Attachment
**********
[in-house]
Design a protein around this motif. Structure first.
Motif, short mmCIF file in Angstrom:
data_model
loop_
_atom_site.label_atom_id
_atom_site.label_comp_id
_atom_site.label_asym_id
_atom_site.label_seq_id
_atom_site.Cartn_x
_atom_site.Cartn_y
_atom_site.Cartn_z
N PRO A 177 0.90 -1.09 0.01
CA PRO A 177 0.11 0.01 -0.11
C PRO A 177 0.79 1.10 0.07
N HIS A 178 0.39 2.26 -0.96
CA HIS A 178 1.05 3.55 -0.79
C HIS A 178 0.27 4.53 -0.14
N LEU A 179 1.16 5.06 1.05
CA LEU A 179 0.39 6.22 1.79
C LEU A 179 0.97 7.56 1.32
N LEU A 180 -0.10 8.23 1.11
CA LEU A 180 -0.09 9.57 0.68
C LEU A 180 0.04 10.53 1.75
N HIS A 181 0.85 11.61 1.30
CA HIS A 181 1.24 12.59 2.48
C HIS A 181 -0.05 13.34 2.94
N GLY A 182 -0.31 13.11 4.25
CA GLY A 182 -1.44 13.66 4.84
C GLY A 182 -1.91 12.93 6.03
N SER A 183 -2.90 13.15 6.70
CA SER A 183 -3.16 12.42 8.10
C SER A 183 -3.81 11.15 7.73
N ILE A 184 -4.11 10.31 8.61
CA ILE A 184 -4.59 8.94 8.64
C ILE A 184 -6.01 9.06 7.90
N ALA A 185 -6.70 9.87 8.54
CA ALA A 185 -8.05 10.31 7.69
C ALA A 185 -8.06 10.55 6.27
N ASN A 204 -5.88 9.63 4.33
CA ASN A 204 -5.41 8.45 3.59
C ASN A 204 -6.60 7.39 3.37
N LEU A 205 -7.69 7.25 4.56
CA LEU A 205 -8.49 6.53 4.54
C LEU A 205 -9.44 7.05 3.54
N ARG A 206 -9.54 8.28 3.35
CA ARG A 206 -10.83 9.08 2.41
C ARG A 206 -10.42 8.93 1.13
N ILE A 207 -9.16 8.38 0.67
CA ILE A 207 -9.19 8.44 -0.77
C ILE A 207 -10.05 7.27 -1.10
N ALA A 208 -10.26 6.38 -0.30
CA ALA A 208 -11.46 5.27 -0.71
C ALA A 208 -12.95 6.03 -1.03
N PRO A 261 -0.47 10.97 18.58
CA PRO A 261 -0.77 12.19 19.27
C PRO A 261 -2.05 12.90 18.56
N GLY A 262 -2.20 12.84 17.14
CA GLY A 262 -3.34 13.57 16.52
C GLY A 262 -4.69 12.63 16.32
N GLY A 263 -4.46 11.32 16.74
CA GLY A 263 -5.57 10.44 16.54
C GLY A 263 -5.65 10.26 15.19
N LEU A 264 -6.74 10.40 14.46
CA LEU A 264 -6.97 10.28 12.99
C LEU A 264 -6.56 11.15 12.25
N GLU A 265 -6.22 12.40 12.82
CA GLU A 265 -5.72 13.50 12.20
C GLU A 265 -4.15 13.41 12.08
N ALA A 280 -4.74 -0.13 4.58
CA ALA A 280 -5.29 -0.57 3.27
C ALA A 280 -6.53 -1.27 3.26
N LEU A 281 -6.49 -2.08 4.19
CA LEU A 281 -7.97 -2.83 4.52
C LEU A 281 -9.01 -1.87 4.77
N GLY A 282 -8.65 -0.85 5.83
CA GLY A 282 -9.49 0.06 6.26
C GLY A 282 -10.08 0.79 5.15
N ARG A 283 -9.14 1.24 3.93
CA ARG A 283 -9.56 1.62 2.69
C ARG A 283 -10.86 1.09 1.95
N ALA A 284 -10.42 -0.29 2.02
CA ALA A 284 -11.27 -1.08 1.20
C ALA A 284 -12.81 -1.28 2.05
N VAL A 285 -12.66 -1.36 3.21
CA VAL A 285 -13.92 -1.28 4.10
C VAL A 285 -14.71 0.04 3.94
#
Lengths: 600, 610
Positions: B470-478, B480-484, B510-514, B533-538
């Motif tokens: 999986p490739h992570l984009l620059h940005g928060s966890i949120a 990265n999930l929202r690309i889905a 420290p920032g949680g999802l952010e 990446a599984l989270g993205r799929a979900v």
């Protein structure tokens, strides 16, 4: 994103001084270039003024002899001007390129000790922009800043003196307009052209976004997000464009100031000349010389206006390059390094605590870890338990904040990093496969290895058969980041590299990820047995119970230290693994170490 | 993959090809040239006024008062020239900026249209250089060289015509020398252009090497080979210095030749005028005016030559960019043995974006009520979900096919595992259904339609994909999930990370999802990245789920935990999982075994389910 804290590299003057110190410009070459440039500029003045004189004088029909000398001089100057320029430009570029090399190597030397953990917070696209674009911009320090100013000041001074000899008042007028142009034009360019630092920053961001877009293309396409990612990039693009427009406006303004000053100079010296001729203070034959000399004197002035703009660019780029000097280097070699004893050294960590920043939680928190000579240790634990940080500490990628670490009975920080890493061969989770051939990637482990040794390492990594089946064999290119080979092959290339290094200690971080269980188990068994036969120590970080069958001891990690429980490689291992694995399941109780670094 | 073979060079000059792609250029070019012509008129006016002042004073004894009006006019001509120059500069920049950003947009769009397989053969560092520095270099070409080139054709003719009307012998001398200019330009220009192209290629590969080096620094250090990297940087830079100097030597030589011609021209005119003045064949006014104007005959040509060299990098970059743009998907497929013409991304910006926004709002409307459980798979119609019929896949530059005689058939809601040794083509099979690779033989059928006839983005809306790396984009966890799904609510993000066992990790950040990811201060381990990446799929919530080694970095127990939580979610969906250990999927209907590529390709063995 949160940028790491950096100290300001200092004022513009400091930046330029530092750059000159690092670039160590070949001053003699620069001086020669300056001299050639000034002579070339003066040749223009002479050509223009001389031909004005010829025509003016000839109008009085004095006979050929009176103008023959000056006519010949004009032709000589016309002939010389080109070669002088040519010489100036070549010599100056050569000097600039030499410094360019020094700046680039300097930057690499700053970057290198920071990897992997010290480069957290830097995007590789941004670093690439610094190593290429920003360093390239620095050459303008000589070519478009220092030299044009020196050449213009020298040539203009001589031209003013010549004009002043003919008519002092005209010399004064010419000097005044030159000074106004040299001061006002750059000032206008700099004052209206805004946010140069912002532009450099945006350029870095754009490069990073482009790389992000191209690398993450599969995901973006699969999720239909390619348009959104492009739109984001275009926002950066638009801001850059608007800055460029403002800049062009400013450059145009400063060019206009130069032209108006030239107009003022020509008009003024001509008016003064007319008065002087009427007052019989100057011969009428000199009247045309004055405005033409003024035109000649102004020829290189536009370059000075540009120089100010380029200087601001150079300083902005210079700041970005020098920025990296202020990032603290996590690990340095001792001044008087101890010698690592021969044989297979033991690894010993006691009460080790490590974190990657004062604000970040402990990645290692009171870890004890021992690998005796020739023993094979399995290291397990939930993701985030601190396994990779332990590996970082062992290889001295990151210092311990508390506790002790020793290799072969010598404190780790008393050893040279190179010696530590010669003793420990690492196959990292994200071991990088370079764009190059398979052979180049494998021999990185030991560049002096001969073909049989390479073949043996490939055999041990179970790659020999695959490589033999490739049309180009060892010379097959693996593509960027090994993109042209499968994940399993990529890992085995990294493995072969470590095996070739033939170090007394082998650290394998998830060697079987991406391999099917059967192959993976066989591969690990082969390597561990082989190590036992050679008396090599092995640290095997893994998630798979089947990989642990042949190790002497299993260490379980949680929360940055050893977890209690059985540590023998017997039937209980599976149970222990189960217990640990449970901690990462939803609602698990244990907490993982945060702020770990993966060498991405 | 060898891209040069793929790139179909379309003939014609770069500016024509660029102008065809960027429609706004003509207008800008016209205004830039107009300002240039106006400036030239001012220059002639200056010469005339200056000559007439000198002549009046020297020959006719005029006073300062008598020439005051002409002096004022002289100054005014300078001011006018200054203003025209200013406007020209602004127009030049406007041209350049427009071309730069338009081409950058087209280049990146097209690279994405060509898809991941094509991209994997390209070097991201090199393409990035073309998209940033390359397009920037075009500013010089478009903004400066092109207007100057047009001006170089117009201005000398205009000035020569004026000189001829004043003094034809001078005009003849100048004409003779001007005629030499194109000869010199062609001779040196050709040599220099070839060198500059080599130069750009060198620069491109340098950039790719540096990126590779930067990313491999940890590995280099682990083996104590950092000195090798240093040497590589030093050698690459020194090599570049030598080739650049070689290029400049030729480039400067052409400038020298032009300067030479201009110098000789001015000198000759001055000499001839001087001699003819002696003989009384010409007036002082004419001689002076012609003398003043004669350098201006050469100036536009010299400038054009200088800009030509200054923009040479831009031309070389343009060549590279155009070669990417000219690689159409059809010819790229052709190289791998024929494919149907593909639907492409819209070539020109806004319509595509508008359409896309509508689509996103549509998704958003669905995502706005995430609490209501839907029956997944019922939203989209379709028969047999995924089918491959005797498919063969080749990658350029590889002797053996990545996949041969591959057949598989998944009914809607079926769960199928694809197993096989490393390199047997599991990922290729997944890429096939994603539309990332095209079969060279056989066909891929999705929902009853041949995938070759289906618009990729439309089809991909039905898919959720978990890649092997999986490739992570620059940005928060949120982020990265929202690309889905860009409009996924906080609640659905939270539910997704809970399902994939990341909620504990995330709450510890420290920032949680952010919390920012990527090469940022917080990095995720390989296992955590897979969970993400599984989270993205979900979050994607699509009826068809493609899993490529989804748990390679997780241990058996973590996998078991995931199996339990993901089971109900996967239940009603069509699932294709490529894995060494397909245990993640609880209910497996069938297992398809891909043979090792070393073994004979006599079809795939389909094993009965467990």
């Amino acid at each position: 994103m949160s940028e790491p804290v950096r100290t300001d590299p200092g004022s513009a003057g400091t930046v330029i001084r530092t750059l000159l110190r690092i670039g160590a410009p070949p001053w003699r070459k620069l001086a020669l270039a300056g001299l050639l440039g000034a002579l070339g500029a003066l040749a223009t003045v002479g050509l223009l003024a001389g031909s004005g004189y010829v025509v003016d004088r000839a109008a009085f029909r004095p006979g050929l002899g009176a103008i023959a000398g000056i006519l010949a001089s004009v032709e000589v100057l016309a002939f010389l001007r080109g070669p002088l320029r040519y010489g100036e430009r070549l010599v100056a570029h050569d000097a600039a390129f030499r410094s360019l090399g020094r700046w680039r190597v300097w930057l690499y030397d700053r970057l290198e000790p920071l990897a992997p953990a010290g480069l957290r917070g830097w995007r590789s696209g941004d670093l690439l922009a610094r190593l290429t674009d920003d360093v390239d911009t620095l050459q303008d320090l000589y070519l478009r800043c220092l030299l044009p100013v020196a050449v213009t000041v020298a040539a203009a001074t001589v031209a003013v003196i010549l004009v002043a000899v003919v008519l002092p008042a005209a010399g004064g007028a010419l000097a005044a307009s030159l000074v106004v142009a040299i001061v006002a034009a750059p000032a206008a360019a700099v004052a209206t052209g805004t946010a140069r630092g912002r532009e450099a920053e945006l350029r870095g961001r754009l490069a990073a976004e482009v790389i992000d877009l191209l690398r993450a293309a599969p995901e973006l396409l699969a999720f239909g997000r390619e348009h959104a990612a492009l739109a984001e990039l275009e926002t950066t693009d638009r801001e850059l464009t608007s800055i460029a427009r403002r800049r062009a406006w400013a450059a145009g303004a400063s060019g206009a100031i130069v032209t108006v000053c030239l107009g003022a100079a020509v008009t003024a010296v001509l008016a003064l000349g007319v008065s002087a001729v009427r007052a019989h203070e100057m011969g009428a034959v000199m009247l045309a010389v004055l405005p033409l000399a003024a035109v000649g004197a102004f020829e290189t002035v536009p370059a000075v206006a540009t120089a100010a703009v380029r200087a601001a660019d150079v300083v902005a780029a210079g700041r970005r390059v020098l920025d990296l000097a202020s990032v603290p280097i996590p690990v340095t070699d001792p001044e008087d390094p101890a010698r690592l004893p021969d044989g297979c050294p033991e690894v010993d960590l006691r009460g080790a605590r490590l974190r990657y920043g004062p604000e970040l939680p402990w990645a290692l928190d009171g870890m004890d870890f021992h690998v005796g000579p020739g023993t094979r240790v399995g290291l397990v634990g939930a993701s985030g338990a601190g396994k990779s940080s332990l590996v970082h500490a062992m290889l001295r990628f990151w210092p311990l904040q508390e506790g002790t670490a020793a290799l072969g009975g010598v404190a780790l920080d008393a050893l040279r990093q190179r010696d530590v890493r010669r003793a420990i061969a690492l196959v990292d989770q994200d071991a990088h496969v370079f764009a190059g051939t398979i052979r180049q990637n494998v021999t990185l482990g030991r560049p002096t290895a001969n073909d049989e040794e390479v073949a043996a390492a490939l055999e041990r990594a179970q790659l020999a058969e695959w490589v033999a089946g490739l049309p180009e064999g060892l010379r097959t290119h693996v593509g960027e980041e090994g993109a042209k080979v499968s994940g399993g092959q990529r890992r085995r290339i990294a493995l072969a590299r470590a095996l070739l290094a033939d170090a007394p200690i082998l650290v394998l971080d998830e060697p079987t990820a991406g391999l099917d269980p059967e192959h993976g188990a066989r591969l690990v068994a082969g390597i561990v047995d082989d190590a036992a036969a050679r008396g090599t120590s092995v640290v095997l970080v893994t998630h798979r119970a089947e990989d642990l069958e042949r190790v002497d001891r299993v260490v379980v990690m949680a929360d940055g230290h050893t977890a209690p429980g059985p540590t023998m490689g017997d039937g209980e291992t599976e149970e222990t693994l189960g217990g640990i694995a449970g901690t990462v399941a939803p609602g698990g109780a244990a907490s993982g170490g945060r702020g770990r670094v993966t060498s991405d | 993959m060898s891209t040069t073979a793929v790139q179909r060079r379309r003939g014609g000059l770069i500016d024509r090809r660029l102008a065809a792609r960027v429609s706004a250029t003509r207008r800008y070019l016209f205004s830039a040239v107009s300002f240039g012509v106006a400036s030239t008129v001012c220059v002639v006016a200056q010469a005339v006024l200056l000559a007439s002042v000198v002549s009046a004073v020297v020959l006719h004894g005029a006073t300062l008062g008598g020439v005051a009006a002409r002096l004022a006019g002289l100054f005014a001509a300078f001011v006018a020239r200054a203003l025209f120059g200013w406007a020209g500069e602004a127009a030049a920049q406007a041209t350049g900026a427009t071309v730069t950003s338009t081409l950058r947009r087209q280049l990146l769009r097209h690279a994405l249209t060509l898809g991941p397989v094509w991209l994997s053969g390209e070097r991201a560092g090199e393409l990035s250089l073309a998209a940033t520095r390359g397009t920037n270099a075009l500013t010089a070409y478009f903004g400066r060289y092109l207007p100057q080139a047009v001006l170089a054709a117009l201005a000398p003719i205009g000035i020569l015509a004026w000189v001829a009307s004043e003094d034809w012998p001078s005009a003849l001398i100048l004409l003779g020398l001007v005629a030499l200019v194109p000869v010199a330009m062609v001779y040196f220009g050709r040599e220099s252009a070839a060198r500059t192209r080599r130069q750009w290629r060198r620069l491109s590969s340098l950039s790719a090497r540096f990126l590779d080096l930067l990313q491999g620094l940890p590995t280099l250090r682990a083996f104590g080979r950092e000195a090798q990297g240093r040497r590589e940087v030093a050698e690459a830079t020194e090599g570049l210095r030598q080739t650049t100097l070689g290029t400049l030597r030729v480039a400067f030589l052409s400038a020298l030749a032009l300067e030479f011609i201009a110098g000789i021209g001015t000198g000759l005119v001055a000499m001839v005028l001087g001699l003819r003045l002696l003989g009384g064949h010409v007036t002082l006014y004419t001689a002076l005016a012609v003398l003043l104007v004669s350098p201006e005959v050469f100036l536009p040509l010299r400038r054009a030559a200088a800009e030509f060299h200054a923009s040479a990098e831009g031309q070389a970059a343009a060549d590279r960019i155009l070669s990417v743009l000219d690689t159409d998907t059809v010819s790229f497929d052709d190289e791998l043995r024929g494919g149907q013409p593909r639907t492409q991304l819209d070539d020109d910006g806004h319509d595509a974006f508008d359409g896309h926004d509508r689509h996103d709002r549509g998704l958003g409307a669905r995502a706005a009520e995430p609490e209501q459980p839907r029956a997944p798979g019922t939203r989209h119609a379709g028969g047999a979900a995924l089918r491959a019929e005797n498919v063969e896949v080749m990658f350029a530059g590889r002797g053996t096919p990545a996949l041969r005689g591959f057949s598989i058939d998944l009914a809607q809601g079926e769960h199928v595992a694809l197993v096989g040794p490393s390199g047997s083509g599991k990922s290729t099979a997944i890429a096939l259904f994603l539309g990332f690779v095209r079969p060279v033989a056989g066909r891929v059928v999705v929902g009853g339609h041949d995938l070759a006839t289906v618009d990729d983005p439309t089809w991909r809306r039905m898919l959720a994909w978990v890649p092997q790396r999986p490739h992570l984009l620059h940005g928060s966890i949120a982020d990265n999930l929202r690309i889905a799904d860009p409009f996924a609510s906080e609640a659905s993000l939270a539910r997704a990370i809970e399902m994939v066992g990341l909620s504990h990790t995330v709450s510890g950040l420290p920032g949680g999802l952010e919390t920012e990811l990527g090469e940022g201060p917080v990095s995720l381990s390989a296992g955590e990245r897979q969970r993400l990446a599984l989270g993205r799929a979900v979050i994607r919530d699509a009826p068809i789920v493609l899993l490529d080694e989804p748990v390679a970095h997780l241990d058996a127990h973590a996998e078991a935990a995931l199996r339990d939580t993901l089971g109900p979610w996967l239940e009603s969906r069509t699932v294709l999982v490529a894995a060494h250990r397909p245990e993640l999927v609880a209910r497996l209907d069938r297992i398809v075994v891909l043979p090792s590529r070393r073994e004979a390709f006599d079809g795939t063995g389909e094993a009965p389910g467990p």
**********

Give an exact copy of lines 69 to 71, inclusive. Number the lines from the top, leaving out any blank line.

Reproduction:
C GLU A 265 -4.15 13.41 12.08
N ALA A 280 -4.74 -0.13 4.58
CA ALA A 280 -5.29 -0.57 3.27